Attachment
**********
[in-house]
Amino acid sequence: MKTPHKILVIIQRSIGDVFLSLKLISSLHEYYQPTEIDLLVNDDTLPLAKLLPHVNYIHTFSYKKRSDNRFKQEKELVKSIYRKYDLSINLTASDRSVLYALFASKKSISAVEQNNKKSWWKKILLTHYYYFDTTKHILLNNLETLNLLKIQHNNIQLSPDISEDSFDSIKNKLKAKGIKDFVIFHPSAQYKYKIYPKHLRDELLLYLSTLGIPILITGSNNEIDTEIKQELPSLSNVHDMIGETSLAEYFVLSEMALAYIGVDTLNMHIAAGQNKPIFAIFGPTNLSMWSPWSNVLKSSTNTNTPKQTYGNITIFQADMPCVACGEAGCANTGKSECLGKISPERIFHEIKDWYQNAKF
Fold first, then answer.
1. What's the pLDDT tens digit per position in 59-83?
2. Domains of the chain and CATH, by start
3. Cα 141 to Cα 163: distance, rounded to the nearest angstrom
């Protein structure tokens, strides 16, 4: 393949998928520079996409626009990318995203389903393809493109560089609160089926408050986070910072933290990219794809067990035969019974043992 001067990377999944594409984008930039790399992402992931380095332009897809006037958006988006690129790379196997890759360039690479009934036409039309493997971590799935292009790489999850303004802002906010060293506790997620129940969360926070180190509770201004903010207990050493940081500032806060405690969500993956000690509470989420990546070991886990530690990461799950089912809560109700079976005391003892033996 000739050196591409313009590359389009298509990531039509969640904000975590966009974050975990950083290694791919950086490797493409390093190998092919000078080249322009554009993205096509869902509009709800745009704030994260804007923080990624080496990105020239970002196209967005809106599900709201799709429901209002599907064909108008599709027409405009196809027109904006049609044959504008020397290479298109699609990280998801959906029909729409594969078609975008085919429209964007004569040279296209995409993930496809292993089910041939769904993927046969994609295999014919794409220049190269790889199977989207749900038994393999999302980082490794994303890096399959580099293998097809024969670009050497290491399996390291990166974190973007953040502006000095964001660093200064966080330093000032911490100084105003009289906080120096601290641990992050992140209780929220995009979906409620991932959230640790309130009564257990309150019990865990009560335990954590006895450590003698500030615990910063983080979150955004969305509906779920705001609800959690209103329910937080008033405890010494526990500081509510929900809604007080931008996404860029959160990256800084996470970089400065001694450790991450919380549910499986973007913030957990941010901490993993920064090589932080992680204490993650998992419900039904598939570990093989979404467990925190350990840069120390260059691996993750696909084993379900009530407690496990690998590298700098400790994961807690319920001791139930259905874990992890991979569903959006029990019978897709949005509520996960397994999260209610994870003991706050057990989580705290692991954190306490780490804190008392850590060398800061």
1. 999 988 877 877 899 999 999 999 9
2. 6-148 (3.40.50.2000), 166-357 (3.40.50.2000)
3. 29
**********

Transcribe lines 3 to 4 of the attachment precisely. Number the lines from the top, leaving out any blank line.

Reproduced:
Fold first, then answer.
1. What's the pLDDT tens digit per position in 59-83?